Why Choose TiPS?

LogMate is the most reliable, proven software solution since 1990

    • Leadership Participation in Alarm Standards Committees
    • Dedicated Alarm Management Focus
    • Comprehensive Alarm Management Software Solutions
    • Adaptable Services Model
    • Flexible and Extensive Software Connectivity Portfolio
    • Broad Industry Experience

Introduction to Alarm Management

“The task of the leader is to get their people from where they are to where they have not been.”  - Kissinger  

Influence is a primary characteristic of leadership and what it means to get people to where they have not been. Leadership and a position (or job title), are two different things. But leadership is more than influence. It certainly includes inflLeadership Article 1uence, but it is much more than that.


You can have a title, and a position of power, but this does not mean that you will automatically influence an automation team to develop an alarm system that meets best practice. An engineer who has been given the task but not the authority will find it difficult to exert influence. 


Alarms and event notifications are part of a critical layer of protection that is commonly mismanaged due to a lack of influence. It takes credible leadership to guide the automation team to allocate the appropriate attention to control system alarms, ultimately resulting in a safer work environment.  Does your leadership possess the five traits below?


1. Credible leaders will hLeadership Article 2ave insight into the critical importance of alarms.  An alarm management champion must not only have future vision, but also possess an unbiased and clear understanding of the current state of alarms. This way they are able to bridge the gap between how the system is performing, and how it should be performing.   For wisdom and discernment a leader should employ statistical and operational excellence methodology. They need to be able to look at the complex situations, gain clarity, and determine a course of action.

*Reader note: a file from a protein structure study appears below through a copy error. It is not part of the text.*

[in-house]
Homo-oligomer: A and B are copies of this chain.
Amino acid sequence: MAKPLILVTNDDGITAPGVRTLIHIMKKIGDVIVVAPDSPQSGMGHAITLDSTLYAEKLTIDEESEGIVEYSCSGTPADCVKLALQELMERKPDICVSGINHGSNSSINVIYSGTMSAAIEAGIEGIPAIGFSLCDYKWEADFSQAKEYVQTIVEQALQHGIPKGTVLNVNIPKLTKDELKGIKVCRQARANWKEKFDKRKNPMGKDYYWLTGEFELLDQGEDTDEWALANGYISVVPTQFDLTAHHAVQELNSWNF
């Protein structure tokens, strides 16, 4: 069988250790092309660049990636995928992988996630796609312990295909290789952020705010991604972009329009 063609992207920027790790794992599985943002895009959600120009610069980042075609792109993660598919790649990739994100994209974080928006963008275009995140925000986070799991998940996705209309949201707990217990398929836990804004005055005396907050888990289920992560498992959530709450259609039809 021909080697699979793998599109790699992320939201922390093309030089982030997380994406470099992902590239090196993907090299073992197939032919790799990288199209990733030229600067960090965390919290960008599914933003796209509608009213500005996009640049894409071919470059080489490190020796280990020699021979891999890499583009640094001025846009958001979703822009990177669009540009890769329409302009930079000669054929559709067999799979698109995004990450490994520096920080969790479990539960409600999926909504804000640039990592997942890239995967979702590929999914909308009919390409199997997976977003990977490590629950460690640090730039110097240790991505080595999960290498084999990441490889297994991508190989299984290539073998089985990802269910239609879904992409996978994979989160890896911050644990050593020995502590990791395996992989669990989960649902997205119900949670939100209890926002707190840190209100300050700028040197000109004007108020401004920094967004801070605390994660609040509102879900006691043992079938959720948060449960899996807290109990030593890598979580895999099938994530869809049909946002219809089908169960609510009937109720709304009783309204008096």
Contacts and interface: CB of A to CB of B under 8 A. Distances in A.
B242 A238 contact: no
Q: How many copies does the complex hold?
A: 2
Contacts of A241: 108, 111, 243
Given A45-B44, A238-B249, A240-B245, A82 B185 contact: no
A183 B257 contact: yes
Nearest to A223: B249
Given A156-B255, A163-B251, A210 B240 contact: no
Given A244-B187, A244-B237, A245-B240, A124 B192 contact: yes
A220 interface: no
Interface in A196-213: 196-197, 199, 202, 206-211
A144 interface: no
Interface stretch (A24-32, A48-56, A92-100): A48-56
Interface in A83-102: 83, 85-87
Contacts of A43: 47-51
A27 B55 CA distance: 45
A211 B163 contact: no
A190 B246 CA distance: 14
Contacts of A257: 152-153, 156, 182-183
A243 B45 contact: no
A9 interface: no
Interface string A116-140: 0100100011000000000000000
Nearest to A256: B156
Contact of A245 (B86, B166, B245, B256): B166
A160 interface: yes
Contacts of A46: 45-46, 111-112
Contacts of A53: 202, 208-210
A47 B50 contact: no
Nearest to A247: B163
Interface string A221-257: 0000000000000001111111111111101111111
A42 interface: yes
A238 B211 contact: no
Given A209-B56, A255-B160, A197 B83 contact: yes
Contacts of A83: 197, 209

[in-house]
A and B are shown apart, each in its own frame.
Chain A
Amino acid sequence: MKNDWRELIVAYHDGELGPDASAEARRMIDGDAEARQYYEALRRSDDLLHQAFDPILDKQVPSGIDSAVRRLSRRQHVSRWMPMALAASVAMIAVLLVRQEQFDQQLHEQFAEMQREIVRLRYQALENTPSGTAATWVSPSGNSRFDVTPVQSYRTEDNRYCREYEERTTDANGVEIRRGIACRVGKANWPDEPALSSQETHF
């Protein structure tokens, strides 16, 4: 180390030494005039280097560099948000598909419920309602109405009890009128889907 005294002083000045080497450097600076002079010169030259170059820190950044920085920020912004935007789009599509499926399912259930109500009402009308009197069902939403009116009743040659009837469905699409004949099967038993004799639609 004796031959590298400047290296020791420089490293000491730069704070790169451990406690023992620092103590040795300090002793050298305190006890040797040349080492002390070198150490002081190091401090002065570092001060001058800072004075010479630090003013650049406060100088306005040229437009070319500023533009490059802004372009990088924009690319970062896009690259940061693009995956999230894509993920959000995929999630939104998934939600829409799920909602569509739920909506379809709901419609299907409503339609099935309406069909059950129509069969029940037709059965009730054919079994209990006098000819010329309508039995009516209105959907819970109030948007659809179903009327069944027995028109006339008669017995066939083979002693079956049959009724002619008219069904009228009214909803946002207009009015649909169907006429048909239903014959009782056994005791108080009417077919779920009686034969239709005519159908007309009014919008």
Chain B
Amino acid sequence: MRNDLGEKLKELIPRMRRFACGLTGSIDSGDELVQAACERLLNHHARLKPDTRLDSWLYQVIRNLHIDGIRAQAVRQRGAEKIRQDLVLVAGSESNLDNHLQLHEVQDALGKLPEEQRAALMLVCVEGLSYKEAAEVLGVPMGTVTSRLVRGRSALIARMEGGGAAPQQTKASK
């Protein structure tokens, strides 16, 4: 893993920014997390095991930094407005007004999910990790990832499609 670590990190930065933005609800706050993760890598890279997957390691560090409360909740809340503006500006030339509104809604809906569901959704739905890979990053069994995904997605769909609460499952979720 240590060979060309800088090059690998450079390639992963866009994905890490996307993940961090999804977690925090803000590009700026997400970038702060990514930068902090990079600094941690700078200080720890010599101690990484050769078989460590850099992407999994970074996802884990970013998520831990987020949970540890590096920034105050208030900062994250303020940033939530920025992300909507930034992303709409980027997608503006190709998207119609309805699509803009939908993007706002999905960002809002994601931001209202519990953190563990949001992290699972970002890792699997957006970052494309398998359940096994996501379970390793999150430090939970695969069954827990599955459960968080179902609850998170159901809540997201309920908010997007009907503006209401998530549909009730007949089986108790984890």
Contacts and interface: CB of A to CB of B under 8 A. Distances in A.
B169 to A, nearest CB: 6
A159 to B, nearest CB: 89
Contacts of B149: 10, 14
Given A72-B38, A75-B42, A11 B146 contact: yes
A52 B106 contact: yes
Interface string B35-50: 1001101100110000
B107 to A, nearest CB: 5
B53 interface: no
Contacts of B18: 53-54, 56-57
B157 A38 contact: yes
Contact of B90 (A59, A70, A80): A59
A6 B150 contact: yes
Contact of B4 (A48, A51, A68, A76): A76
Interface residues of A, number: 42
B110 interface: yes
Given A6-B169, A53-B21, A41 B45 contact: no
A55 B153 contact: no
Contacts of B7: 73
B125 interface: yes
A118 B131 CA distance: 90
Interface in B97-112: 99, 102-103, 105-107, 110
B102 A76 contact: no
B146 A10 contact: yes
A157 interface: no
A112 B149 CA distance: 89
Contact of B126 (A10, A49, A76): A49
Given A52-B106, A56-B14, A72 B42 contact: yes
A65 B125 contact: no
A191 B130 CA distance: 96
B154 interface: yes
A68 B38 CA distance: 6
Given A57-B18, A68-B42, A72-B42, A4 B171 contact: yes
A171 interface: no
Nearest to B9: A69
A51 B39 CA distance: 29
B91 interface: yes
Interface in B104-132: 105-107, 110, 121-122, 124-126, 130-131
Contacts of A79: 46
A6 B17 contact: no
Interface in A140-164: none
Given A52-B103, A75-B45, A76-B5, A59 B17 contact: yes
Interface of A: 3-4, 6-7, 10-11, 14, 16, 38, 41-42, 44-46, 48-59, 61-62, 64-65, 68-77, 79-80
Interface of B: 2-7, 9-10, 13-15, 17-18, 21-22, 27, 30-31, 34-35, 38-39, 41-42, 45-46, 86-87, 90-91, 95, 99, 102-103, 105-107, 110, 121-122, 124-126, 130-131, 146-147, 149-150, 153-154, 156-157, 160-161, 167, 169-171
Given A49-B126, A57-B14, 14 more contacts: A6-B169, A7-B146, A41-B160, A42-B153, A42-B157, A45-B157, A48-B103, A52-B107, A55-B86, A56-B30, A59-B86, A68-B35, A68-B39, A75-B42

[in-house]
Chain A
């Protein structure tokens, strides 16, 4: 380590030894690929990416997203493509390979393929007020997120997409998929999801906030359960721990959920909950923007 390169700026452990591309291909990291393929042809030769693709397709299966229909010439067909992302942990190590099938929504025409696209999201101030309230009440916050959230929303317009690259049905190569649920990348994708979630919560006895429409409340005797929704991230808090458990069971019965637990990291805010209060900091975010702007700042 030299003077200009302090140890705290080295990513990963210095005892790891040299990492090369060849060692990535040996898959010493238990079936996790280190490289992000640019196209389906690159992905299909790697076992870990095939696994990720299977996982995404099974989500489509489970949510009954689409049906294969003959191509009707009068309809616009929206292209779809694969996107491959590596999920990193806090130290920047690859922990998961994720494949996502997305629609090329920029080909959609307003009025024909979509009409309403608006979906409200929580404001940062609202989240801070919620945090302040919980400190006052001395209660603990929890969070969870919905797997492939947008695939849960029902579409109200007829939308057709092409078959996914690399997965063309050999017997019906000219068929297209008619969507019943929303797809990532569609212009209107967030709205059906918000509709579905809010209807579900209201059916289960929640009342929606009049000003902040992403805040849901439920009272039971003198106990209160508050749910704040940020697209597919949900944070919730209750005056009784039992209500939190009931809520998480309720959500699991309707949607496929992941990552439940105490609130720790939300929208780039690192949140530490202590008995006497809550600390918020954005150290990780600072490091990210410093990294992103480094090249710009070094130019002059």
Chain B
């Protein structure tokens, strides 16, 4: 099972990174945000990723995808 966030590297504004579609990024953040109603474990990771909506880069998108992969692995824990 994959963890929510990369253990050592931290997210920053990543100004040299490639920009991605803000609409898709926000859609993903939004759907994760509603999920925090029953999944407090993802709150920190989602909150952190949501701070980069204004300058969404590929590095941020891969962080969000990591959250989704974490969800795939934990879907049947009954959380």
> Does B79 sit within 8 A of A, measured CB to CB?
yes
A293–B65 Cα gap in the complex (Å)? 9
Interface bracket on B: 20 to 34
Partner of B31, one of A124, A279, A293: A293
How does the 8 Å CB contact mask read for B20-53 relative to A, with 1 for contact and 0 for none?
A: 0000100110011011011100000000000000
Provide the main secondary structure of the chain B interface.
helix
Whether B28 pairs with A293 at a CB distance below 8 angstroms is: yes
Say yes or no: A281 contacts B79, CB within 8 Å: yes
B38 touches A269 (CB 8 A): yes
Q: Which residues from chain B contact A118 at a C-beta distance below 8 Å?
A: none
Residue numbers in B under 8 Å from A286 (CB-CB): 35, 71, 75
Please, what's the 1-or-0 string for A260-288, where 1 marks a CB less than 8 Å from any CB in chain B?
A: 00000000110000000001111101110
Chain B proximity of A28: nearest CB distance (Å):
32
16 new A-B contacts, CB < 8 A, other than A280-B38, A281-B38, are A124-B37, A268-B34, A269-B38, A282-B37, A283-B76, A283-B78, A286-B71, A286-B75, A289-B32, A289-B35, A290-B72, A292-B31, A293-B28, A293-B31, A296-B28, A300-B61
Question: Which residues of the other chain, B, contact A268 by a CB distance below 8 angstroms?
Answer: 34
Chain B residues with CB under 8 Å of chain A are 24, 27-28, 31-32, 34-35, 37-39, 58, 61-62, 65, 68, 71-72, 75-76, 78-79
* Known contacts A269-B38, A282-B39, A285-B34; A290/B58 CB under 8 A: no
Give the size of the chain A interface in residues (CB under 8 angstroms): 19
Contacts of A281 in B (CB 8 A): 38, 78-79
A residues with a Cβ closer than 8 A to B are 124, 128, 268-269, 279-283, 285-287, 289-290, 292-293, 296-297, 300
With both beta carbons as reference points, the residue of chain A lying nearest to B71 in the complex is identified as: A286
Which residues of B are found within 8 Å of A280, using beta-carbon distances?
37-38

2. Credible leaders demonstrate initiative. They go first. They learn the basics of Alarm Management Principles.  They learn the terminology that is common to best practice guidelines. They don’t rest on existing practice or go with their assumptions. They demand proof.  For Alarm Management this is leading by example.


3. Credible leaders exert influence. The actions, beliefs, and motivations of real leaders are contagious. Automation personnel “catch” what they have. Leaders use effective meetings, recognition, and timely reporting of performance to draw teams to their vision and their values. Similar to the enforcement of a safety culture, (safety statements at the beginning of each meeting), leadLeadership Article 3ers are able to gather a following and move people to act by creating an alarm management culture.


4. Credible leaders have impact. At the end of the day, Alarm Management leaders make a difference that is measureable.  Their impact continues as the alarm management becomes part of the operational excellence program. The small part of the world (control room, safety team, automation team, entire plant) that they inhabit is changed because of their leadership. Without a significant, measureable change in the performance of the alarm system and the behavior of operators and engineers, the person in the position of responsibility for the alarm system is not a leader. They are only taking up space.  The measure of leadership in Alarm Management is found in the impact that the changed system has on the people involved.  


5. Credible alarm management champions exercise integrity. “An icy stare” can work (rarely) but if the champion does not apply the highest values, the alarm management program will flounder. Integrity—or the lack thereof—ultimately determines the quality of a person’s impact.  We are not just talking about honesty.  Integrity in the form a thorough understanding of the alarm management discipline, a drive to learn human interaction with control systems, and an effort help an organization learn is the foundation of credible leadership.


So hoLeadership Article 4w does your leadership stack up?   Can you improve?

Remember, leaders must be deliberate and intentional if they are to be successful. Developing these attributes is essential to effective leadership in developing an optimized alarm system.

David P. Garcia, TiPS Inc.
Kelsey R. Wright, TiPS Inc.